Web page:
A Thompson family is grieving the loss of four young children after an Oct. 26 house fire.
Four siblings, ranging in age from four to 10 years old, were trapped on the second floor of the Queen’s Bay duplex as it burned, while their 13-year-old sister, their mother and another adult got out of the home and were treated for non-life-threatening injuries.
The 13-year-old escaped by jumping out of a second floor window, Manitoba RCMP said in on Oct. 27 press release. The two adults were in the basement and came upstairs when they heard the fire but were unable to go up to the second floor because of the flames and smoke.
The four children were removed from the home once firefighters got the blaze under control and taken to Thompson General Hospital for treatment, but all four died of their injuries.
“It’s devastating what happened,” Shirley Robinson, a Pimicikamak Cree Nation councillor who is acting as the family’s spokesperson, told the Winnipeg Free Press. “It’s affecting two (First) Nations, which is Cross Lake and Split Lake.”
Shelley Thomas, the mother of the children who escaped the fire, was released from hospital on Thursday, according to Robinson, who is her cousin.
Thomas is a Pimicikamak Cree Nation member and the children’s father is a Tataskweyak Cree Nation member.
Helen Joy Keeper, 10, Leon Keeper Jr., 9, Big Bear Keeper, 7, who was going to celebrate his eighth birthday on Thursday, and Rowan Thomas, 4, were the children who died, Robinson told the Free Press.
Thompson RCMP were in the neighbourhood on an unrelated call around 8:40 p.m. when they heard noise further down the street and saw smoke. They and Thompson Fire & Emergency Services firefighters arrived on the scene to find one side of the side-by-side duplex fully engulfed in flames.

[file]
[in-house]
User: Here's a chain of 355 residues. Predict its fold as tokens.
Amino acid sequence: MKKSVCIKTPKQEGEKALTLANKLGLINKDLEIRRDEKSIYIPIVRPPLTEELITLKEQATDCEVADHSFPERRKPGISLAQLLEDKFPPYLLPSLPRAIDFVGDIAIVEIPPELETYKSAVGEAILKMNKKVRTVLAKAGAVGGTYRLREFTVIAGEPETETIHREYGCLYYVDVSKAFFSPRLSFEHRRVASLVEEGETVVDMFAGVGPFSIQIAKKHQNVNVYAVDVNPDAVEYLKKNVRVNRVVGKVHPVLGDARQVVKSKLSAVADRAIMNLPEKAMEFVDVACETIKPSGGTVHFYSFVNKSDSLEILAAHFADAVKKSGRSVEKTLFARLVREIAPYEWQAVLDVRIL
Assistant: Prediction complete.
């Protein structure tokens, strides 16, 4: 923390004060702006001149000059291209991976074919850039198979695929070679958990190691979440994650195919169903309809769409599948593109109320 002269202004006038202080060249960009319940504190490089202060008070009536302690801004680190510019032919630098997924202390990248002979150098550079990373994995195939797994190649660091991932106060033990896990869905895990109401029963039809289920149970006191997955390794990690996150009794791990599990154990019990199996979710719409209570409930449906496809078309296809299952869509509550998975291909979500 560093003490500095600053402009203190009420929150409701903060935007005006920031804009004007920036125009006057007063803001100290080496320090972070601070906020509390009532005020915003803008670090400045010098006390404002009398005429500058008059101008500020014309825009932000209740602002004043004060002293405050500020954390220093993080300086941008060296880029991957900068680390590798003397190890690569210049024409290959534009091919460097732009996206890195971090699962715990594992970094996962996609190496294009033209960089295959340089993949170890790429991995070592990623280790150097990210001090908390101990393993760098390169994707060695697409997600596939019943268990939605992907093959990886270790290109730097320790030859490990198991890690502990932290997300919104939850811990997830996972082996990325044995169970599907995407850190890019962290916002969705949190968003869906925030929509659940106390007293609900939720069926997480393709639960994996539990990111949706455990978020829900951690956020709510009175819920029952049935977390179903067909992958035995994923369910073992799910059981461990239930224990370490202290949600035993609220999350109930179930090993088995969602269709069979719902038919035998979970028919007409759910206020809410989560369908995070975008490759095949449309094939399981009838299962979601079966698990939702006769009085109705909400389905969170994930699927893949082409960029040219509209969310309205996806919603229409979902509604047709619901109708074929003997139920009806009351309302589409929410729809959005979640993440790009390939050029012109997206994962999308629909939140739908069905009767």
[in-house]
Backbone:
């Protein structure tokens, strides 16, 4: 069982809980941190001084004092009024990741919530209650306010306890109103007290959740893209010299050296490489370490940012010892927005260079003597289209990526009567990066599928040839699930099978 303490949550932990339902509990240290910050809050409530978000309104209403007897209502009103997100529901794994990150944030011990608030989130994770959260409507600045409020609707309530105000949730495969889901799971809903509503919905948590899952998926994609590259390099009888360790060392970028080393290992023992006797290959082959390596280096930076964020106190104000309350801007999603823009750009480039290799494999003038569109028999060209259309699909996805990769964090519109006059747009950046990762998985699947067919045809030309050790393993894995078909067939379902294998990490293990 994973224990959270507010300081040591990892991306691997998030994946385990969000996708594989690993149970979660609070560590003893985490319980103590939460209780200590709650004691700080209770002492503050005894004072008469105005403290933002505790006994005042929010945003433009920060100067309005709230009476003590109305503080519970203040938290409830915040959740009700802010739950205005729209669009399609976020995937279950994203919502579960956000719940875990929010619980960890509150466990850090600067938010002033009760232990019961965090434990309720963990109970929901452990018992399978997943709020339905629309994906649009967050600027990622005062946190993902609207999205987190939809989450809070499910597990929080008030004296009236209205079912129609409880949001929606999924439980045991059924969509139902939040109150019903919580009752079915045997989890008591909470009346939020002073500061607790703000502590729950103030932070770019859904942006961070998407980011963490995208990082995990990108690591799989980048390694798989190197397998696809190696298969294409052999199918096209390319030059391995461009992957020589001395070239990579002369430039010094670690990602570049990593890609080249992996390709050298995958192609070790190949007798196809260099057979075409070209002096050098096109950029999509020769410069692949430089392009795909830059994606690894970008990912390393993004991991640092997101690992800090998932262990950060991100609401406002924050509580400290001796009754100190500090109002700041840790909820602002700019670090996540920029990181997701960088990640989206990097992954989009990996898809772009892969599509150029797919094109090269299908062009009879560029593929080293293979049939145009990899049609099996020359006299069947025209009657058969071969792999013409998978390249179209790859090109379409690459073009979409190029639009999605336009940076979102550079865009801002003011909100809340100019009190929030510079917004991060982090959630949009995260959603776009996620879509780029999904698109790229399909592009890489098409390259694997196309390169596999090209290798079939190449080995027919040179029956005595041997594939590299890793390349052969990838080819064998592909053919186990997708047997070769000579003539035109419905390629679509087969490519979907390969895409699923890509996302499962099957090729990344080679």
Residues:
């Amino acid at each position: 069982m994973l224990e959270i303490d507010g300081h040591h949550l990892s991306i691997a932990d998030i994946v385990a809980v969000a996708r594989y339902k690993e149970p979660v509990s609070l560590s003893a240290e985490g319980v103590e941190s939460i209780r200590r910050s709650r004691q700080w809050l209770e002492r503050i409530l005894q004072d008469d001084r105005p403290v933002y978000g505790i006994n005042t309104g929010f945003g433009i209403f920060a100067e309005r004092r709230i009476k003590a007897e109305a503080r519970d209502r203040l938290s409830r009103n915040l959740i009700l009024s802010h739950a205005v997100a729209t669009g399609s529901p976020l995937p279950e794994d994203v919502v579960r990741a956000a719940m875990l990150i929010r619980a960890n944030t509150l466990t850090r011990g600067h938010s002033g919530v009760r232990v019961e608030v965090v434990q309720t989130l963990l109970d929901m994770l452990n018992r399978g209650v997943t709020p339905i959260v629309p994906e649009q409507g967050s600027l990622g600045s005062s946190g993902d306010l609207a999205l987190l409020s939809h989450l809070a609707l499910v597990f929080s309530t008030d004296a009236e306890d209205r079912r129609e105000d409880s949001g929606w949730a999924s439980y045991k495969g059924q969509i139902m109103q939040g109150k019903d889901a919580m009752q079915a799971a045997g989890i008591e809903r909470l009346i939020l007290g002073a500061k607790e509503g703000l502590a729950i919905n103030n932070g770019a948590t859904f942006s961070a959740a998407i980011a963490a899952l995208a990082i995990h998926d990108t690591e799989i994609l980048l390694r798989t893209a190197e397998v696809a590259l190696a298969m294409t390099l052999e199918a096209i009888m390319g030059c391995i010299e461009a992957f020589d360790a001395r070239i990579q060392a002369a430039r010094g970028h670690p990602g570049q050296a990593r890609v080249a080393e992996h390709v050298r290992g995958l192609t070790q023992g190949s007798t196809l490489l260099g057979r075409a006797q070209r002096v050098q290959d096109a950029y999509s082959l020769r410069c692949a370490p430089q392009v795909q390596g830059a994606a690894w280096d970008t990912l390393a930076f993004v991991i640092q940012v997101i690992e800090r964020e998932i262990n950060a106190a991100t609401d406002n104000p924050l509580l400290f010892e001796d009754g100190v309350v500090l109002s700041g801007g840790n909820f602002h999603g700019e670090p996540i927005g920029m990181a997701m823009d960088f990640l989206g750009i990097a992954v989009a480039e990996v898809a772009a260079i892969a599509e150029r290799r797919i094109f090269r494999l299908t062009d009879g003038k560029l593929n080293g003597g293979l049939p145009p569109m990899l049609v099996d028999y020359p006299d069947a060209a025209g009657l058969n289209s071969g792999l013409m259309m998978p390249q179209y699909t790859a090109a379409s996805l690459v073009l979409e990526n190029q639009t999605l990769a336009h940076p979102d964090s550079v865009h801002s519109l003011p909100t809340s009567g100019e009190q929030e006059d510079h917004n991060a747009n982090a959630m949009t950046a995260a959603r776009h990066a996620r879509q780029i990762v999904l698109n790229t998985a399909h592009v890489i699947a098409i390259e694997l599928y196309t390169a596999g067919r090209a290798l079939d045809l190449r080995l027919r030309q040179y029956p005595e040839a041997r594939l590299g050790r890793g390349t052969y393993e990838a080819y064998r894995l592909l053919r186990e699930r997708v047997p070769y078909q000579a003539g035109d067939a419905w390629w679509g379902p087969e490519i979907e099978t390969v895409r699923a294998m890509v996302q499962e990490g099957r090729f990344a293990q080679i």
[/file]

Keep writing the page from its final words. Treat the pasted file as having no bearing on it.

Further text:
The cause of the fire has yet to be determined.
“I offer my sincere condolences to the family, the community, and to everyone who is grieving today,” said Manitoba RCMP commanding officer Asst. Commissioner Rob Hill. “This is a heartbreaking tragedy that will have a lasting impact on so many within Thompson and throughout the entire province.”
A neighbour told the Free Press that her son was outside and saw the fire. She went out briefly and then went back inside to call the fire department. She described the smoke as making it difficult to breathe.
The Thompson Professional Firefighters Association said in a social media post that its members’ thoughts and prayers went out to family and friends of the children.
Thompson Mayor Colleen Smook, who has grandchildren around the same ages as the victims, told the Canadian Press that the news made her sick to her stomach.
“So many people are going to be affected by this,” she said.
Manitoba Keewatinowi Okimakanak, an advocacy organization that represents 26 Northern Manitoba First Nations, expressed its condolences to everyone affected by the tragedy.
“'The loss of children due to such a tragedy is heartbreaking,” said MKO Grand Chief Garrison Settee. “This tragedy will affect people in Thompson but also in MKO First Nations, as the family has ties to two of our communities. I stand with all those who are mourning.”
MKO said its mobile crisis response team would be supporting affected community members and that it has also reached out to the school the children attended to see how they can help support the siblings’ classmates.
Thompson MLA Eric Redhead addressed the fire in the legislature on Oct. 27.
“I would like to ask the House to keep the family and the community in their thoughts and prayers in the coming days,” Redhead said. MLAs then observed a moment of silence in remembrance of the four children.
A GoFundMe campaign to support the family has raised about $5,700 as of noon Oct. 28.
A flashlight prayer vigil in support of the family is planned for Oct. 29 at 7 p.m. on Queens Bay
This is the first fatal fire in Thompson since a January 2020 blaze that claimed the life of a 20-year-old woman.